Somewhere north of Yellowknife, deep in the Northwest Territories, a brown plywood cabin with a green door high on a hill keeps watch over a small lake. Even if you had the cabin’s location marked on a map, the pilgrimage required to reach it isn’t exactly intuitive. In winter, it takes a three-hour trip across a frozen Great Slave Lake on the back of a sled, and in summer, an aluminum boat ride followed by a machete bushwhack through the taiga to another, smaller boat stored in the brush along the shore of a second lake. Drag out the boat, pile in, and don’t forget your compass.
When I finally made it there six years ago, two wrong turns on an unmarked trail and a couple of bear scares later, I stepped out of the boat and onto a slice of land that no more than a handful of humans had touched. Maybe it was the deep satisfaction that came from reaching the end of a trying physical journey, or maybe it was watching the service bars on my phone screen disappear one by one until I realized I was entirely out of reach, but trundling across the porch and into that one-room house was to know — if just for a moment — what true peace feels like.
Photo by Greg Richardson, courtesy of MacKay Lyons Sweetapple Architects Limited.
Those who can’t make the trip can come close to grasping a bit of that same tranquility by wandering through the Vancouver Art Gallery’s exhibition. The show, running through September 30, winds us through the structure’s history, and is neatly packaged into three sections: cabin as structure, utopia, and porn. It displays a cross-section of eras and designs, with an undeniable through-line obvious in the examples presented, which range from a 1938 wooden shanty in the California desert to a single-smokestack ice-fishing hut on Alberta’s frozen Ghost Lake.
Evidently, there is something otherworldly and fulfilling, on a primal level, about solitude and isolation — irrespective of income bracket. Gazing at the luxe modernist design of MacKay-Lyons Sweetapple Architects’ Cliff House, a steel box perched precariously over a stunning stretch of Nova Scotia coastline, it’s easy to imagine that those far reaches must surely hold the world’s saltiest air and most refreshing breeze, for those adventurous enough to build there.
Dorothea Lange photo from the Library of Congress, Prints and Photographs Division.
The most iconic cabin in the show is a replica of Henry David Thoreau’s famed retreat on Walden Pond. The writer’s ensuing book, Walden, has become a manifesto of sorts for cabin-seekers hoping to follow in Thoreau’s footsteps and “front only the essential facts of life.” Like the philosopher, who sought to learn whether life in its deepest form skewed closer to cruelty or to the sublime, the show also does some exploring of its own.
After all, cabins have not always been idylls for escape artists. And Cabin Fever doesn’t shy away from the darker and more shameful facets of the cabin’s history — a tool used to colonize and displace Indigenous cultures, and more recently, a visual employed to boost the Instagram followings of neo-Luddites who head into the wild to post pine-tree emojis below perfectly balanced iPhone shots.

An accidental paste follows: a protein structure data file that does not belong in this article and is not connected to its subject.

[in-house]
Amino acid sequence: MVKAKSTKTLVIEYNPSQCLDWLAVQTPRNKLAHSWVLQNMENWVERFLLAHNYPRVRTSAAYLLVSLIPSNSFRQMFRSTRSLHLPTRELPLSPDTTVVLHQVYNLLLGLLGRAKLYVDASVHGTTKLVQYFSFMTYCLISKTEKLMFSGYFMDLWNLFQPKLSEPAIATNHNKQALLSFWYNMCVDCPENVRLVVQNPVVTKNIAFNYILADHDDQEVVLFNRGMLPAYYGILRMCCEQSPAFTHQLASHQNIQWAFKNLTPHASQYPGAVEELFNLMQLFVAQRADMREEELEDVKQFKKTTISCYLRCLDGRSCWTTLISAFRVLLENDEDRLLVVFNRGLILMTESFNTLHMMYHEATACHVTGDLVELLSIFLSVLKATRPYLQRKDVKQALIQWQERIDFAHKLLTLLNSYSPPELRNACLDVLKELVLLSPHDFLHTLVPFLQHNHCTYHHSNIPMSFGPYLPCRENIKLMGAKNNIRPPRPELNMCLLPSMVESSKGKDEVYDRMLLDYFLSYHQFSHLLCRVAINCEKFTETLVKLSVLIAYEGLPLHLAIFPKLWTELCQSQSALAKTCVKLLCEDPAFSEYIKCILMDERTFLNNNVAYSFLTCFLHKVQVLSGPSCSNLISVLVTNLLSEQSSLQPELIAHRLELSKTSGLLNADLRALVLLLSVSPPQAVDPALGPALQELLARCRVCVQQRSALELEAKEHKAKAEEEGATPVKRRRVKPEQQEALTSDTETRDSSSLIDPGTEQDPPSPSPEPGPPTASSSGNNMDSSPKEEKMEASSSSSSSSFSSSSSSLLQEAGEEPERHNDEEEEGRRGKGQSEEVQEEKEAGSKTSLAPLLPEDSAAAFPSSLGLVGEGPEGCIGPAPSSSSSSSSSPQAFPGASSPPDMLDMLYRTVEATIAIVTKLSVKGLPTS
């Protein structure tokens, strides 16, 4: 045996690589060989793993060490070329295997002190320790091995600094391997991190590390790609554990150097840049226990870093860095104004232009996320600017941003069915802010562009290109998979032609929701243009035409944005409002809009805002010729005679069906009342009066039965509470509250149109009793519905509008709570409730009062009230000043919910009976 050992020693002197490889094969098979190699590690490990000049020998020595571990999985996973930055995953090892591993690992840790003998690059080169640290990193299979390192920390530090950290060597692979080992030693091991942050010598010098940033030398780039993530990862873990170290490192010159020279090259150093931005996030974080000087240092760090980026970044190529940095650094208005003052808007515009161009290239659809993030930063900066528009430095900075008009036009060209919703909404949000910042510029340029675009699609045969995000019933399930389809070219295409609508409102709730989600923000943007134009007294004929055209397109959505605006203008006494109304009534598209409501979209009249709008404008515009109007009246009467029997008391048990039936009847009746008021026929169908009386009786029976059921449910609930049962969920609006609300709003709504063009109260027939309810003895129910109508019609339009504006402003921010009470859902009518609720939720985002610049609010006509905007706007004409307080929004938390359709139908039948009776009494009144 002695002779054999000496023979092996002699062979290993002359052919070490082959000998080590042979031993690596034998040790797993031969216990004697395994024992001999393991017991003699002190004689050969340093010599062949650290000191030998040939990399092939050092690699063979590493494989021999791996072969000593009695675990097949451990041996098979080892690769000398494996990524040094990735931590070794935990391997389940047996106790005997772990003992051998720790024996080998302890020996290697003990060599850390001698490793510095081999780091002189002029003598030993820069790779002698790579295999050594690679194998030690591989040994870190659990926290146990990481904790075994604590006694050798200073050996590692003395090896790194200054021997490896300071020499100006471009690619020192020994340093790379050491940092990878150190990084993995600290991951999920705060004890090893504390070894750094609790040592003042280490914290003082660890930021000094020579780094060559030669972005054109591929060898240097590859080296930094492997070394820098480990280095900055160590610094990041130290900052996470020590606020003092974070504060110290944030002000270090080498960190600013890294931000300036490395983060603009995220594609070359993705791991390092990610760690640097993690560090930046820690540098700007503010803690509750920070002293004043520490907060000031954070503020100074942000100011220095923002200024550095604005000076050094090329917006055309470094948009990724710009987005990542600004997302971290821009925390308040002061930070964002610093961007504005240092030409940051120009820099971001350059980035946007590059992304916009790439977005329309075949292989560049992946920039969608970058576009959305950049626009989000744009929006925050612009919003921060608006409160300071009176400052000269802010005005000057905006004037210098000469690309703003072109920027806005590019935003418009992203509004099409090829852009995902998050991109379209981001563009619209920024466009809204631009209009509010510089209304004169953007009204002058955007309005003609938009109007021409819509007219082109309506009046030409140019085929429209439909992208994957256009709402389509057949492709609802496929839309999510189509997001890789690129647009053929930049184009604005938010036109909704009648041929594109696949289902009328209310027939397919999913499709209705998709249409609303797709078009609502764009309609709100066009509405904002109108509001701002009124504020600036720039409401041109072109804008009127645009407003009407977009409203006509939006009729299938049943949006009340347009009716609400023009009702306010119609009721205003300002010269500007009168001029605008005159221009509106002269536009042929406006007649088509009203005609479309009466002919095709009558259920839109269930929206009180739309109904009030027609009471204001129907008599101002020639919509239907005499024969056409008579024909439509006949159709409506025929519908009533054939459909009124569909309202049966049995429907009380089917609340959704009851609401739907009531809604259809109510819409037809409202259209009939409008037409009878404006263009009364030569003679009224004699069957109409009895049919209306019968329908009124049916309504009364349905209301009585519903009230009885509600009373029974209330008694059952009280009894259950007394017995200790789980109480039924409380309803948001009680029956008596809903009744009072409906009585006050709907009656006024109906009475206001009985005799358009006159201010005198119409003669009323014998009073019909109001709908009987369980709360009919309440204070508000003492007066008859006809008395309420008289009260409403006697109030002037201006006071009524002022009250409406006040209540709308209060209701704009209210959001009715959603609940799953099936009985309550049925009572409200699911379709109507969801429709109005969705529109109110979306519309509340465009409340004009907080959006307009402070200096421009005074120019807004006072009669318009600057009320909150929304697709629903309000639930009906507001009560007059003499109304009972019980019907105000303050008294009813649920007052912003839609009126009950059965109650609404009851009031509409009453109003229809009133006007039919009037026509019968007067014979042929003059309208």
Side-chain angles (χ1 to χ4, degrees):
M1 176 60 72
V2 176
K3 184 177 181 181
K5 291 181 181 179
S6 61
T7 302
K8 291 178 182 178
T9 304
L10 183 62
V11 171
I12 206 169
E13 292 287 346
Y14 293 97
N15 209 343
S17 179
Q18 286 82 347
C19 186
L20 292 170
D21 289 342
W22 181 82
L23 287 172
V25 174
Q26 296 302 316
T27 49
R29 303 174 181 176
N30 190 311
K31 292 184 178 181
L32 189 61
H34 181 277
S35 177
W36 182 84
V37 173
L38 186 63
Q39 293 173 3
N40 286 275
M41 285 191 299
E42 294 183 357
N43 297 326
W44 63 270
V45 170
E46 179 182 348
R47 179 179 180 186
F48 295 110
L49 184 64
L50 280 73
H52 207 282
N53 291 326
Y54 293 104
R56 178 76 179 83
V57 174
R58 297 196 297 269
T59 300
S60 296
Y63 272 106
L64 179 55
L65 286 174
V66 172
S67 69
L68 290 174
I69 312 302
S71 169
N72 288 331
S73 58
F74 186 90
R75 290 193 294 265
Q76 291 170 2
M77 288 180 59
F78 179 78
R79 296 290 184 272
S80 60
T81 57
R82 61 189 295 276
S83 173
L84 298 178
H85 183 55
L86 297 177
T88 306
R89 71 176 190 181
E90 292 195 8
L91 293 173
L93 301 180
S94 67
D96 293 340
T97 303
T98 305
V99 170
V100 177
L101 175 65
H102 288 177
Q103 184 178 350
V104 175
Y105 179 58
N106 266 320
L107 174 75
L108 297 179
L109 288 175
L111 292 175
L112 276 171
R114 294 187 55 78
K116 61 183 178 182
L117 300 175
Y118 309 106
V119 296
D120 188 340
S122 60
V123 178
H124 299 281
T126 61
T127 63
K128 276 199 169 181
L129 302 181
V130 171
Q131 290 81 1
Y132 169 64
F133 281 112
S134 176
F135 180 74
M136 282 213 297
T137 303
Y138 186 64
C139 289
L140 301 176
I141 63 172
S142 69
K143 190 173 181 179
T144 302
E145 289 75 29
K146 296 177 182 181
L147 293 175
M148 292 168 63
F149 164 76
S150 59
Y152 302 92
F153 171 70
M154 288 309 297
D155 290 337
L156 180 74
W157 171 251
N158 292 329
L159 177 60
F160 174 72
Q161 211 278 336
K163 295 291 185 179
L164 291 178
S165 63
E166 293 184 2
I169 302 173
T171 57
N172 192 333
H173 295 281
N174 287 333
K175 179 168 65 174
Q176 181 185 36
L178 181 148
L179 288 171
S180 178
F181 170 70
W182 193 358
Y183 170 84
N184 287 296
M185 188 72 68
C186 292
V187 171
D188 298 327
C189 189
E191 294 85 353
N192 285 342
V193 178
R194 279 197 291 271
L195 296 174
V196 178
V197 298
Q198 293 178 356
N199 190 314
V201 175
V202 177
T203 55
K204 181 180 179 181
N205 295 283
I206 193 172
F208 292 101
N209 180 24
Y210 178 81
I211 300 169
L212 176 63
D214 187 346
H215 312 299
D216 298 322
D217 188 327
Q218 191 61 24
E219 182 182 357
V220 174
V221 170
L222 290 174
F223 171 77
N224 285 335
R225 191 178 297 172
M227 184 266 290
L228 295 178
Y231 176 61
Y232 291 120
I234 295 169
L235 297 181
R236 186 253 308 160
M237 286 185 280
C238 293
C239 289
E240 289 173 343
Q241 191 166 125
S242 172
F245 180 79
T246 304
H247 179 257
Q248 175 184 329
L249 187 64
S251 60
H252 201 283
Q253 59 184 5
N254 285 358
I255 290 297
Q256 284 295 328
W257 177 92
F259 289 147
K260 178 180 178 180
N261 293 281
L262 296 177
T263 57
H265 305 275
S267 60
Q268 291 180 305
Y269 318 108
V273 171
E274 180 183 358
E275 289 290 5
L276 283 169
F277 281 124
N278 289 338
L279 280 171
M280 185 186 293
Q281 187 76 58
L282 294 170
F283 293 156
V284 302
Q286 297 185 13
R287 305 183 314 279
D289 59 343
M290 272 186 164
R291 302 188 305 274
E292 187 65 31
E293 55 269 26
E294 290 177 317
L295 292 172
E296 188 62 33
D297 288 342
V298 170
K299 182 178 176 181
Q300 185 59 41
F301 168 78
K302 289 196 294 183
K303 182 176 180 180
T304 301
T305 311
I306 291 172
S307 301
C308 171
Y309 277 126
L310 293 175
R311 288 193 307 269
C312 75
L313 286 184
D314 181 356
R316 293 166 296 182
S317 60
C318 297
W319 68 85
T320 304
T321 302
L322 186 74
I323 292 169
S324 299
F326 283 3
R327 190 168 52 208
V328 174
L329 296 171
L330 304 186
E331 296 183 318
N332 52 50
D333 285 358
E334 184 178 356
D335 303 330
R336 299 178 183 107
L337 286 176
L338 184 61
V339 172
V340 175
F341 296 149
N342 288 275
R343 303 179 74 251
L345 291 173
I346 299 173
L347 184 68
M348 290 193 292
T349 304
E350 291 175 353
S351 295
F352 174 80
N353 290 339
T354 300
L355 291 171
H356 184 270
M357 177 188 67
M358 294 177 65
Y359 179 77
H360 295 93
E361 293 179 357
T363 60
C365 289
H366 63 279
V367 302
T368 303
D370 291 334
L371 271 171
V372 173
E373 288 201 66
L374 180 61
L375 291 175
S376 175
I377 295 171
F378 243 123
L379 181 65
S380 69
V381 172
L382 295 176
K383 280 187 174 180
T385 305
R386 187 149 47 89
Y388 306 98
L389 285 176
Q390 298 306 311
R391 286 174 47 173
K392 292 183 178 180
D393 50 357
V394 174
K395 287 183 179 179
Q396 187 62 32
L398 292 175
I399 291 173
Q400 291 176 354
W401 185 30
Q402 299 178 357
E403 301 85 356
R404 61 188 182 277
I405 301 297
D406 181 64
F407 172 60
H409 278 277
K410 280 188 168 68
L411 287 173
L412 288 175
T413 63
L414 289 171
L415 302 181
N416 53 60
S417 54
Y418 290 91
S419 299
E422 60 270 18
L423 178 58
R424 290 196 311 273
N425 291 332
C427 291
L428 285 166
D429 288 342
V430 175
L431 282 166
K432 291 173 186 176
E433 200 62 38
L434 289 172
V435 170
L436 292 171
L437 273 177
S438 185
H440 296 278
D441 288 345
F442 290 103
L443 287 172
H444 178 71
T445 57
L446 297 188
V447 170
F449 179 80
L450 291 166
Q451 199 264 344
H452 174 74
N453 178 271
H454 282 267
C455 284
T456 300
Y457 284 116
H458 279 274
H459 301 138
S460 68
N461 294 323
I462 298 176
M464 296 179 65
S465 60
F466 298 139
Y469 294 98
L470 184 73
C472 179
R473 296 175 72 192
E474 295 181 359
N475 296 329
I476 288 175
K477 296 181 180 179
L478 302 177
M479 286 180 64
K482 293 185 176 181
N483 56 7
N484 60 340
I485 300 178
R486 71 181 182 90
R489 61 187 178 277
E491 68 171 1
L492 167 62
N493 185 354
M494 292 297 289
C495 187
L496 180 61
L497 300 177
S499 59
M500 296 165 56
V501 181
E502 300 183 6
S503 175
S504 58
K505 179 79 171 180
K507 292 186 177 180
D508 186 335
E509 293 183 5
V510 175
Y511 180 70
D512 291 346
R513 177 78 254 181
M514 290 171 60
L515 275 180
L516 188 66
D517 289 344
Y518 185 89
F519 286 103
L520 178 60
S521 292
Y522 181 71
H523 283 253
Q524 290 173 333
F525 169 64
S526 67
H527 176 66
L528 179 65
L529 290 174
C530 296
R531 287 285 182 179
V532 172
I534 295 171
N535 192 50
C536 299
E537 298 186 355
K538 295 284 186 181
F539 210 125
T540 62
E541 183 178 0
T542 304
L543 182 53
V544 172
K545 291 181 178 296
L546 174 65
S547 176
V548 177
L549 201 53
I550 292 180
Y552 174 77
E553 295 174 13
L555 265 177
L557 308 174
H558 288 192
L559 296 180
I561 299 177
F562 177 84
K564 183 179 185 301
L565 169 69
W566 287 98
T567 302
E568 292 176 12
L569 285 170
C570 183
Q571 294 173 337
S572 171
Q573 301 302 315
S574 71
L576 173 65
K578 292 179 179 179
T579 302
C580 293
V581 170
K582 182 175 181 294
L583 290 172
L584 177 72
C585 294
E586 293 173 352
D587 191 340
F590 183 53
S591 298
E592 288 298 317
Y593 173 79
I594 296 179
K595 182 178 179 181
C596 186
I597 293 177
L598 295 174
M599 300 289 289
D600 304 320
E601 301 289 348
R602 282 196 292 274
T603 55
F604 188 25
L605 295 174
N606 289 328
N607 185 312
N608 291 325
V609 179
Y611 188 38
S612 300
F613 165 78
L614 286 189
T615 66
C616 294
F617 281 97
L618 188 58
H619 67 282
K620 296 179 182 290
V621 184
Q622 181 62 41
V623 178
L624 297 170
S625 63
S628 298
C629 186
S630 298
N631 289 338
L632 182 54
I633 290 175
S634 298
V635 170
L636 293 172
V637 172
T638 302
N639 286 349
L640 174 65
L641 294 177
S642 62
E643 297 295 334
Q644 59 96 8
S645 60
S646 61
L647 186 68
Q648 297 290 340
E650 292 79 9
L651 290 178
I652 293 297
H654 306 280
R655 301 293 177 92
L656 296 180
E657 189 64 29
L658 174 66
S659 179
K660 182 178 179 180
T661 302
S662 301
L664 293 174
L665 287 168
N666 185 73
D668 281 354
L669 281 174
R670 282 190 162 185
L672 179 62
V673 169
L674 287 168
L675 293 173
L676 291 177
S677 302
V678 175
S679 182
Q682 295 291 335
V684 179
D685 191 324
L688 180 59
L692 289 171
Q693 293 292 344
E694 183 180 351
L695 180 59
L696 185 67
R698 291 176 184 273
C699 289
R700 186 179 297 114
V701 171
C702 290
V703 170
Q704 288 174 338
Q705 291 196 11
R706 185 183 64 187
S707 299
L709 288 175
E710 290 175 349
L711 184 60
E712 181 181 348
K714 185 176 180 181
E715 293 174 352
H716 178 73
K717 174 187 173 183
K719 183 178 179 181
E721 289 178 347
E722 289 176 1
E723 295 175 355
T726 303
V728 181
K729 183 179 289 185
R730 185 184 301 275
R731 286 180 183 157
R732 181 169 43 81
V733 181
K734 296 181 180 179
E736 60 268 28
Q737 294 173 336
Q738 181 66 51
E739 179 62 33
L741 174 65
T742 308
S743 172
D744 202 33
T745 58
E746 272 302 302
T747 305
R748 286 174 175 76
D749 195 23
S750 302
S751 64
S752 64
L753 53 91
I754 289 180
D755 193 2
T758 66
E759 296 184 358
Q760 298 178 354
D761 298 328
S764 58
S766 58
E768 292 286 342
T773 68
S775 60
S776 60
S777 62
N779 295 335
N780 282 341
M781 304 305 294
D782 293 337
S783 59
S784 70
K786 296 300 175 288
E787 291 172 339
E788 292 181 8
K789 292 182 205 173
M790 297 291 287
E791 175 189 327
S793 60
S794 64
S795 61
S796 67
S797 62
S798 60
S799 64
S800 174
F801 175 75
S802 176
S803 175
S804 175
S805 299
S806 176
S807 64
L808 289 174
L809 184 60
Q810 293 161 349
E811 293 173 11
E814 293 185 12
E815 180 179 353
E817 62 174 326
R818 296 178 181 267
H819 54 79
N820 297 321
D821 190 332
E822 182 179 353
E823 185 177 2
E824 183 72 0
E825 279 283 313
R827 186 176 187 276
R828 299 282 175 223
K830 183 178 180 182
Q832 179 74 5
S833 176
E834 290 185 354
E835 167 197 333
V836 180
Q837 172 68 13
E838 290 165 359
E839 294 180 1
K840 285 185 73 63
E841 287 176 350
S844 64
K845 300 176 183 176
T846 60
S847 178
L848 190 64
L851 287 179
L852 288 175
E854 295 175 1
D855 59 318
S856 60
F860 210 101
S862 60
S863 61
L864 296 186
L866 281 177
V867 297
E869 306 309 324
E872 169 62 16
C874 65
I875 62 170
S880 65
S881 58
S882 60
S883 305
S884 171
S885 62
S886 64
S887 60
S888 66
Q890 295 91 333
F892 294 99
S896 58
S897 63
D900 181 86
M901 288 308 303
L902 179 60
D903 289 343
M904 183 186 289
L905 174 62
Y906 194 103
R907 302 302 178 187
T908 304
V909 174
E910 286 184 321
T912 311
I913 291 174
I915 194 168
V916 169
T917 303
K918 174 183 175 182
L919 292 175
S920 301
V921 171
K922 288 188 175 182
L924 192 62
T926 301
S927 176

Cabin by University of Colorado Denver, photo by Jesse Kuroiwa.
As our expanses get less and less expansive, seeking out the wild and finding a place of true solitude gets more and more expensive. Want to stay in a glass cabin on the far reaches of a fjord in northern Iceland, watching the aurora borealis from your fluffy kingsized bed? That’ll cost $630 a night in the off-season, not to mention the cost required just to get to it. We live in a time when paying to have life’s luxuries stripped away is itself a form of indulgence.
Ken Isaacs Microhouse photo courtesy of Sara Isaacs.
But the thrill of the escape remains undeniable, and my formative Northwest Territories cabin experience sparked in me an insatiable yearning to return to cabin life as often as I can. This summer, I lived in a cottage on Salt Spring Island, B.C., lying in bed every night stargazing through a thoughtfully placed skylight overhead. I spent two weeks alone, eating goat cheese and raspberries, watching deer teeter by the cabin doors on legs like stilts. For days, I waited for the chill of loneliness to set in. It never did.
Elevation drawing from the Library of Congress, Prints and Photographs Division.
The more I thought about why I long for cabin life, the more I realized that I’m a student of paying attention — to my friends and lovers, to characters in stories, to strangers who pass on city streets. The muscles required to watch carefully, to take note, and to keenly observe need as much rest as any. After time away, I’m better prepared to take up the field study of humans again. There’s something deliciously recalibrating about it. Even silence sounds like something if you sit with it for long enough.
Of course, the best part of running away is knowing that you have someplace wild, safe, and beautiful to go to. And, as with any retreat, the most fulfilling part is coming home again, to look at life anew.